February 21, 2005

Flesh and Blood Needs

After a long and wonderful journey I am back in Hood River. My remaining days in Baja were extremely pleasant. The haunting rains of yore never returned, so we enjoyed day after day of blessed sunshine. The wind continued to be a bit of a disappointment, though I managed to get in a kiteboarding session on Wednesday. Though short in length, the session was amazingly productive. I was making turns and linking my reaches together, and the white-knuckle terror with which I have typically approached kiteboarding gave way to a sensation of raw, unadulterated fun.

As promised, I got my stitches taken out on Thursday. Dan, a veternarian from Fargo, had to come over and take the stitches out of Wayne’s recently-spayed terrier, so after he doctored up the dog he went to work on the back of my head. The dog had to be held down by some gorgeous women, but I only needed to be muzzled. Yup, I got my stitches removed by a North Dakota vet. That’s the way things are done in Baja.

Ultimately, the wind was lousy enough that I only missed two days of kiteboarding because of my injury. That being the case, I’m almost glad it happened. For one, I now know that I’ve got my obligatory kitemare out of the way. For another, Motoshi and I now have matching scars. Most importantly, it really set the mental stage for my trip. The whole time I was in Baja I was simply thankful to be alive. To be alive in such an exotic place, surrounded by friends and neat people, was icing on the cake. The fact that I got to do some kiteboarding was total butter.

I still cringe when I think of that time I reached back to feel the back of my head, and found my fingers disappearing into a deep, slippery gash. For how bad it was, I’m glad that it wasn’t as bad as it could have been. If the fin was a few inches lower I would have had a slice through the back of my neck. A few inches higher and I may have been knocked unconscious. I consider myself very fortunate, and I know that there are better people in the world who have been dealt worse hands.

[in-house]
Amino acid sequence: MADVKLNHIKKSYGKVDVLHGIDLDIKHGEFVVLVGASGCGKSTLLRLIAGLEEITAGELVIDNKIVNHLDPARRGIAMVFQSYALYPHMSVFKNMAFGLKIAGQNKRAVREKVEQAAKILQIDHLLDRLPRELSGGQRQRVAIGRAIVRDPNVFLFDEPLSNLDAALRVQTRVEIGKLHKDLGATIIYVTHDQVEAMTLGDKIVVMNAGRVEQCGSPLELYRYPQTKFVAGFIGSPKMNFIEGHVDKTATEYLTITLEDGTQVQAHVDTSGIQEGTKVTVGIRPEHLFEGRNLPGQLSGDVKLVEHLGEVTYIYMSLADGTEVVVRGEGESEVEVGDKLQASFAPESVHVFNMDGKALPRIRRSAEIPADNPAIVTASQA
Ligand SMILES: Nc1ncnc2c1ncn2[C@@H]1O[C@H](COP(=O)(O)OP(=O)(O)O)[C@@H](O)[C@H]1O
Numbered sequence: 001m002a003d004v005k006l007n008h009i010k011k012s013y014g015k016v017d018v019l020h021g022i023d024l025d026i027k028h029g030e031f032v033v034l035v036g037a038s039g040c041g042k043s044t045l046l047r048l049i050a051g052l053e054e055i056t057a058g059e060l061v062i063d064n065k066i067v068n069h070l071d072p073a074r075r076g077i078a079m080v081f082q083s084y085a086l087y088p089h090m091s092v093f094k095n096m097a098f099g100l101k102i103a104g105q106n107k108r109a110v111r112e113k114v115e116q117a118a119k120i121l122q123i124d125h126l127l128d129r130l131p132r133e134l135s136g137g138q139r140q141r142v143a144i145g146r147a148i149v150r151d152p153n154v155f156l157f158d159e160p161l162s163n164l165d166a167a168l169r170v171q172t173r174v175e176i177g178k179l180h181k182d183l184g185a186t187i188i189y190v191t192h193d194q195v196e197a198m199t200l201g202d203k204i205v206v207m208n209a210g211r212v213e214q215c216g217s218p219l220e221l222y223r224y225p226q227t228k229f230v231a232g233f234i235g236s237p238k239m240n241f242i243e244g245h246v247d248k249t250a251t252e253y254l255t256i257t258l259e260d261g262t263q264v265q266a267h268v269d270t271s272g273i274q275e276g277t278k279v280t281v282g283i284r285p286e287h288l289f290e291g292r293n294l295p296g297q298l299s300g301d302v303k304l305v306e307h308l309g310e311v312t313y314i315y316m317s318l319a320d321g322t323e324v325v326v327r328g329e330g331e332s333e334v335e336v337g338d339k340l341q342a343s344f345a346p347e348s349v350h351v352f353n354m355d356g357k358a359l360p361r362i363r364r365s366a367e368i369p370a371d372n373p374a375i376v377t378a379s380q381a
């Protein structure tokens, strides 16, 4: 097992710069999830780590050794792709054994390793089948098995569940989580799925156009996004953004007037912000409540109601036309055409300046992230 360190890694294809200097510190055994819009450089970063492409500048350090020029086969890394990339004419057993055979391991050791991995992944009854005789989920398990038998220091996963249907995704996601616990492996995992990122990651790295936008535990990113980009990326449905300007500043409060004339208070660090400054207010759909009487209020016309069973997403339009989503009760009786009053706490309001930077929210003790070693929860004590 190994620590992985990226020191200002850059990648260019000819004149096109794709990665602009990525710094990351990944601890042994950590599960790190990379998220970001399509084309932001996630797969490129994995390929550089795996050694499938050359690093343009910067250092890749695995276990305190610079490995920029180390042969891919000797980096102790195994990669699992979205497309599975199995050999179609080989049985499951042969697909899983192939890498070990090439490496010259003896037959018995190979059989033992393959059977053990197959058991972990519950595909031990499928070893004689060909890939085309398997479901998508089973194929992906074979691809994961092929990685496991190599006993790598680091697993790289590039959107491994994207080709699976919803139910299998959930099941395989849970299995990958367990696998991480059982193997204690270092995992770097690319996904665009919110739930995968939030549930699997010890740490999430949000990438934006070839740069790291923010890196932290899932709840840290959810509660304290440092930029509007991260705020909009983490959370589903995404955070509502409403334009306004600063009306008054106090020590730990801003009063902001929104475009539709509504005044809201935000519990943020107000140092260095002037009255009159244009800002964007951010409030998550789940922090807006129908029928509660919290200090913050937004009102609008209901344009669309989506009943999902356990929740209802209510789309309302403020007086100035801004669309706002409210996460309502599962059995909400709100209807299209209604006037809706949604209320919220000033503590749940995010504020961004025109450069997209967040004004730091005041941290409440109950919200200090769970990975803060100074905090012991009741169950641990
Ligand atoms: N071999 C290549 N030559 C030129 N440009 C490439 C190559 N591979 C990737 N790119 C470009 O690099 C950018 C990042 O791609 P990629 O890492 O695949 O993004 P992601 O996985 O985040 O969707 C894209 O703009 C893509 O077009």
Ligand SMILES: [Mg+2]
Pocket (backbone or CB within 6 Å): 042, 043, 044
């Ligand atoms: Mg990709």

Anyways. Geez. There was so much to this trip that I can barely figure out what to recount. How to begin?

Randomly, of course! Where rhetorical flourish is absent and coherence is discouraged!

There was Luciano, Knox’s hot date one evening, who is an 85-year-young lady from Austria whose family lost everything to the Nazis during World War II. In any given night, Luciano will get up on stage and sing karaoke, dance the macarena, drink you under the table, and hit on 24-year-old guys. This I know.

Out in the ocean there were jellyfish and urchins and rays and dolphins and whales. Real stinkin’ whales, the biggest animals on the planet, who will jump completely out of the water because it’s the only way humans can comprehend how magnificant a creature they are.

Then there was this narcoleptic dog who would trot beside you, sit down to scratch his ear, stretch and fall asleep, all in the course of about two minutes.

Then there was this mountain town. During the gold rush it was home to 20,000 people, but now it holds a handful of families and a museum of pianos.

The food in Los Barriles was delicious. I frequented a particular taco stand where every time some people would sit down to eat, a gorgeous rooster would pop through the fence to peck for scraps.

After our kiteboarding session on Wednesday, I drove a dune buggy with Alaska license plates into town to grab some ballenas of Pacifico. Ballena means whale in Spanish, and ballenas is the classy Mexican equivalent for 40s in America. We didn’t have a bottle opener, so Jim figured out a way to pop open our beers on the barbed wire fence.

I had never even ridden in a dune buggy before going to Baja. Driving a dune buggy is a lot like driving an old Volkswagen Beetle, only rustier. You park it on the sidewalk in front of the grocery store, against traffic, next to the four-wheelers and motor bikes.

After two weeks in Mexico, the thing that I missed the most about America was folk music, bluegrass and Johnny Cash. Boot Liquor Radio describes it as American Roots Music for Saddle-Weary Drunkards. There’s elegance in that.